When did you last switch your energy supplier? In the last year or two? Longer ago? Or perhaps you’ve always been with the same one.
If you’ve never switched, you’re not alone.
According to the Competition and Market Authority’s (CMA) June figures, more than half of energy customers in England (53%) remain with the incumbent supplier for either their gas or electricity supply, or both. For Scotland it’s 65% and Wales 61%.
I switched my electricity supplier just under a year ago – but by default. I moved flat and, with my new home, gained the previous tenants’ energy supplier.
How many people are switching their gas or electricity supplier each year is one of the key measures used by regulator Ofgem (and the government) to monitor the energy market and how well it’s working. The recent CMA review and Ofgem’s response aim to increase switching as part of making the energy market better for consumers.
At the moment, switching levels are low. But why? To find out, we surveyed 5,209 UK energy customers, and these were the top four reasons…
1. I’m happy with my current supplier
The top reason for not switching energy supplier, given by 44%. It’s great news if you’re a happy customer; but if you haven’t switched in the last five years, chances are you’re on your supplier’s variable tariff. This is the default tariff and usually the more expensive.
You might not be so happy to find out that you could be wasting £369 each year on energy. Which? research found that this is the average saving for people using our independent website to change energy suppliers.
2. All the suppliers are pretty much the same
The gas and electricity you use in your home is the same, regardless of the supplier you are with. But there are huge differences between suppliers – specifically in their prices and what their customers think of them.
In June we checked variable dual fuel tariffs from the Bix Six energy providers (British Gas, EDF, Eon, Npower, Scottish Power and SSE). We found that – on average – they were £329 more expensive than the very cheapest fixed dual fuel tariffs on the market.
Plus we found that the gap between the Big Six suppliers’ average standard dual fuel tariffs and the cheapest tariff has widened significantly in the last two years. From 2014 to June 2016, the price difference increased from £182 to £329.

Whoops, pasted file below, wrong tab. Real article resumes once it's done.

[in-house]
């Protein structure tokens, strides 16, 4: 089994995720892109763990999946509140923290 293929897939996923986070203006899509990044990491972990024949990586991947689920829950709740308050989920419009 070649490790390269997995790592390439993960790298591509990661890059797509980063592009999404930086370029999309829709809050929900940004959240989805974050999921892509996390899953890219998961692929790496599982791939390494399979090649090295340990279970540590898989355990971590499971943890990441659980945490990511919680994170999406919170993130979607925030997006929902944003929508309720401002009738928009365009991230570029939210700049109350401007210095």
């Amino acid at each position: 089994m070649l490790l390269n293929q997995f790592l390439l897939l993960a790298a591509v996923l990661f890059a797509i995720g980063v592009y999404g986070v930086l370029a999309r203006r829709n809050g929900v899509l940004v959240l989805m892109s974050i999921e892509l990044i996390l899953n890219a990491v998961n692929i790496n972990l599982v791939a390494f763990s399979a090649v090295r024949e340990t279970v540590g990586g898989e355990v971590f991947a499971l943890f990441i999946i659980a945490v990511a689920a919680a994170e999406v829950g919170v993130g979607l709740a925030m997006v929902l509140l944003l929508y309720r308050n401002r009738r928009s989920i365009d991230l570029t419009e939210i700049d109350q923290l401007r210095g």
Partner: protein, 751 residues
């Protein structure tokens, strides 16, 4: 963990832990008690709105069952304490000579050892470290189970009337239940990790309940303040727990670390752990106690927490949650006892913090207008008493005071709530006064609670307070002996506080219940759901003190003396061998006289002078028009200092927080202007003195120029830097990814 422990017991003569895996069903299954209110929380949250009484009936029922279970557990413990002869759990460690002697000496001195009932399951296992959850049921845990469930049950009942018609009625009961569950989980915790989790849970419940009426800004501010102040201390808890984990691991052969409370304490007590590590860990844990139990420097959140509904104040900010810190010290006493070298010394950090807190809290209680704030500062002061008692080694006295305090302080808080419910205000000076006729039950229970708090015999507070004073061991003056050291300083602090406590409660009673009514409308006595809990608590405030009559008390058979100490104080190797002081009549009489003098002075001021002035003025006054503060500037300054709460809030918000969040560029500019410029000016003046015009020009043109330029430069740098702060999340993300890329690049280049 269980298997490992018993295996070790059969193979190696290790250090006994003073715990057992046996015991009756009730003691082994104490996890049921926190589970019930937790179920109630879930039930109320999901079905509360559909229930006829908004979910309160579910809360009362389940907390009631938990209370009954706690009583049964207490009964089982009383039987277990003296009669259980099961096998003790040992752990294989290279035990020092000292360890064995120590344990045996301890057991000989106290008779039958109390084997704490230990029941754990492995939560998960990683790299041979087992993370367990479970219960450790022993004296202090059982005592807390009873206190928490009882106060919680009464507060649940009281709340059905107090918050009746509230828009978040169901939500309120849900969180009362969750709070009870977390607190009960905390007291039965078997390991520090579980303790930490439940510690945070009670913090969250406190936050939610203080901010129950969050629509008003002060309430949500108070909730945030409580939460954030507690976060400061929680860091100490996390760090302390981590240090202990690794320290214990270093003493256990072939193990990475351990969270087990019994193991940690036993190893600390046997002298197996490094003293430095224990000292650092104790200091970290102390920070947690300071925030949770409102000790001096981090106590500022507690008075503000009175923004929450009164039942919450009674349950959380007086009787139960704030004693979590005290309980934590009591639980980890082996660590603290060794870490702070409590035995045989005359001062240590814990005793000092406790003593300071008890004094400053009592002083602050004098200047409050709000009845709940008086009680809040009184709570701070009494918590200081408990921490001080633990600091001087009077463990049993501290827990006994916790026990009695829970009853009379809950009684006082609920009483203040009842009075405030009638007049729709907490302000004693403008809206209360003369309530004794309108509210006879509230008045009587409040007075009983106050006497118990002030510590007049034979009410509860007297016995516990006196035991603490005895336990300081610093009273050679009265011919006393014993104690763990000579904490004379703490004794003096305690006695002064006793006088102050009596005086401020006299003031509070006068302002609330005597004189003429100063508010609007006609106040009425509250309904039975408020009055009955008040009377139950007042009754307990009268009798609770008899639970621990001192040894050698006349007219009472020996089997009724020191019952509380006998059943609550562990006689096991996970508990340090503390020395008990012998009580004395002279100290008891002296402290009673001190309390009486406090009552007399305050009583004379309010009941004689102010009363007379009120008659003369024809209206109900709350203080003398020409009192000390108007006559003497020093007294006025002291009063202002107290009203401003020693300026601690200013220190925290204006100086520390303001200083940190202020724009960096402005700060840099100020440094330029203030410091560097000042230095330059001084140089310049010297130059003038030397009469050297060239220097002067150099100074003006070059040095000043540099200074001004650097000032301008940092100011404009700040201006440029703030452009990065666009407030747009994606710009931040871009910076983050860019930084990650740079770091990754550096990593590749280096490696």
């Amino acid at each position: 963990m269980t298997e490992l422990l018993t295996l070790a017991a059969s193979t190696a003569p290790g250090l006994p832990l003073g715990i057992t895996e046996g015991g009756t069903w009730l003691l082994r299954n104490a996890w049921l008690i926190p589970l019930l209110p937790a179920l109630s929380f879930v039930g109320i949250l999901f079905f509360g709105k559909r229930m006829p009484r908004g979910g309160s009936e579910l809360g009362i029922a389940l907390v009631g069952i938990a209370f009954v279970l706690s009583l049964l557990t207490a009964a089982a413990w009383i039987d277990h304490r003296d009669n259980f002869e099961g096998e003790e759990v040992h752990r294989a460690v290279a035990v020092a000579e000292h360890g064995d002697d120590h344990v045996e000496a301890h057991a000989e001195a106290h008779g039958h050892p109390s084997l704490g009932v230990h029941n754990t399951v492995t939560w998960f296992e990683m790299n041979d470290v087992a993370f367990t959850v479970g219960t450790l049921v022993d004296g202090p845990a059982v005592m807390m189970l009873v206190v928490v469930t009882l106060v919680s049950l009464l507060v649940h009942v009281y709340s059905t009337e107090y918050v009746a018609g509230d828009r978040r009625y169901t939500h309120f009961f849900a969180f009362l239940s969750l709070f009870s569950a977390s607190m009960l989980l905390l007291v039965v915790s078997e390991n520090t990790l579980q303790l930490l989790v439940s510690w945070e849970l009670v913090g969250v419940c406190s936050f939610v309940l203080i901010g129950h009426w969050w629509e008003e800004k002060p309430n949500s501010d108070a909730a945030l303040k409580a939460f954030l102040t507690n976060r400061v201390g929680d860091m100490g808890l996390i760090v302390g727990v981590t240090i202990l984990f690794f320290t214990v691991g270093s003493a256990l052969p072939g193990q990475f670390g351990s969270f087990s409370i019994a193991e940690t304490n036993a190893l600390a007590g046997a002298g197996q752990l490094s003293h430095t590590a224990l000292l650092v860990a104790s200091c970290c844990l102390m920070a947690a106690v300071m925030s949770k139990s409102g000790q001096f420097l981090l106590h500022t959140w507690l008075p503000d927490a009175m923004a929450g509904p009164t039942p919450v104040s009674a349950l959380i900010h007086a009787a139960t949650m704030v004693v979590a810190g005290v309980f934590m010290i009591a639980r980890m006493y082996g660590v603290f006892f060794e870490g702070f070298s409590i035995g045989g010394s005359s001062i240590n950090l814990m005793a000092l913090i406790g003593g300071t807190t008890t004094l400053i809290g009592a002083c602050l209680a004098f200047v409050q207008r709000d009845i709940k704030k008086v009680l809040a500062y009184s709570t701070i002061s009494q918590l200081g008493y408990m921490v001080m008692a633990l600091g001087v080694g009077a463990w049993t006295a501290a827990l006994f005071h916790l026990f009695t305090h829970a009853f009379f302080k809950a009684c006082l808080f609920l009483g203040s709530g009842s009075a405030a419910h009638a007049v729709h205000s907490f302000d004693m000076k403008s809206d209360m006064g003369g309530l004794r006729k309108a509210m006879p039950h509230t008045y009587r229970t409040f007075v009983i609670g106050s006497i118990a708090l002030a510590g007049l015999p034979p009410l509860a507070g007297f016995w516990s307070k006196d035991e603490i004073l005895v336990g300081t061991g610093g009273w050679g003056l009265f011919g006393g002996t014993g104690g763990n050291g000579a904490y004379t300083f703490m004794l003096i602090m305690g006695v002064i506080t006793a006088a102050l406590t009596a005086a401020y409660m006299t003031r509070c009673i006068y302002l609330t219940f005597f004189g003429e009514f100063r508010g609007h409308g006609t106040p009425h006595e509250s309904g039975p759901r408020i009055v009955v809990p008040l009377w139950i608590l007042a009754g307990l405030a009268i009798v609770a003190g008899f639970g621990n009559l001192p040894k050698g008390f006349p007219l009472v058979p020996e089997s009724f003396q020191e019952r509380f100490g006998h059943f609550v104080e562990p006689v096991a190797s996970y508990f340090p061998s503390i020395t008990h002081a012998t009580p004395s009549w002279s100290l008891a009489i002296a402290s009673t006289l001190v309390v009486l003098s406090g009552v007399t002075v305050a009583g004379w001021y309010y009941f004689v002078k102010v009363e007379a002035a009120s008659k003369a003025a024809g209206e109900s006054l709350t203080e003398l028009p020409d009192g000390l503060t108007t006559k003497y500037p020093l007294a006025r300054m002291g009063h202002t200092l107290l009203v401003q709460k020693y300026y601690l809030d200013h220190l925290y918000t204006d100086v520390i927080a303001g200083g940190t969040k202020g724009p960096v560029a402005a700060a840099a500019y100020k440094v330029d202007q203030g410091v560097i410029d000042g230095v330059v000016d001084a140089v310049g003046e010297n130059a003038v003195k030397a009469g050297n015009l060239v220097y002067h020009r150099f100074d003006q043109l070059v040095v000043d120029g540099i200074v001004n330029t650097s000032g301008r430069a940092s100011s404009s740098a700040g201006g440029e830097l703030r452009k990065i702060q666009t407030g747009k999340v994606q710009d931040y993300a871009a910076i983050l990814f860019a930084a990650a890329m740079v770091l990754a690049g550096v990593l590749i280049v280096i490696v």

Prices aside, our annual satisfaction survey on energy companies reveals big differences between suppliers, according to their customers. Our most recent survey of over 8,000 energy customers revealed that top provider Ovo Energy had an 82% customer score, while Npower found itself at the bottom of the table with a 41% customer score.
3. Switching would be too much hassle
This was the third reason onto the podium, and the barrier to switching for 21%. The potential gain from a new supplier seems to be outweighed in people’s minds by the workload involved to achieve it.
But switching energy supplier doesn’t have to be a huge hassle – a few clicks on a price comparison website that includes all the tariffs on the market. One example that will find the cheapest for you is our website Which? Switch – use this and you’ll see whether the saving is tempting enough to switch.
4. I’m already on a good deal
It’s a good feeling to know you’re on one of the cheapest deals on the market. But if it’s a fixed tariff, when it comes to an end (they’re usually one or two years long) you’ll automatically move onto your supplier’s default standard variable tariff. This is usually more expensive so keep an eye out for another good deal – and switch to it within the last 49 days of your current tariff. That’s when you can’t be charged an exit fee for leaving.
Do you agree? If you haven’t switched, what else is holding you back? Tell us in the comments below.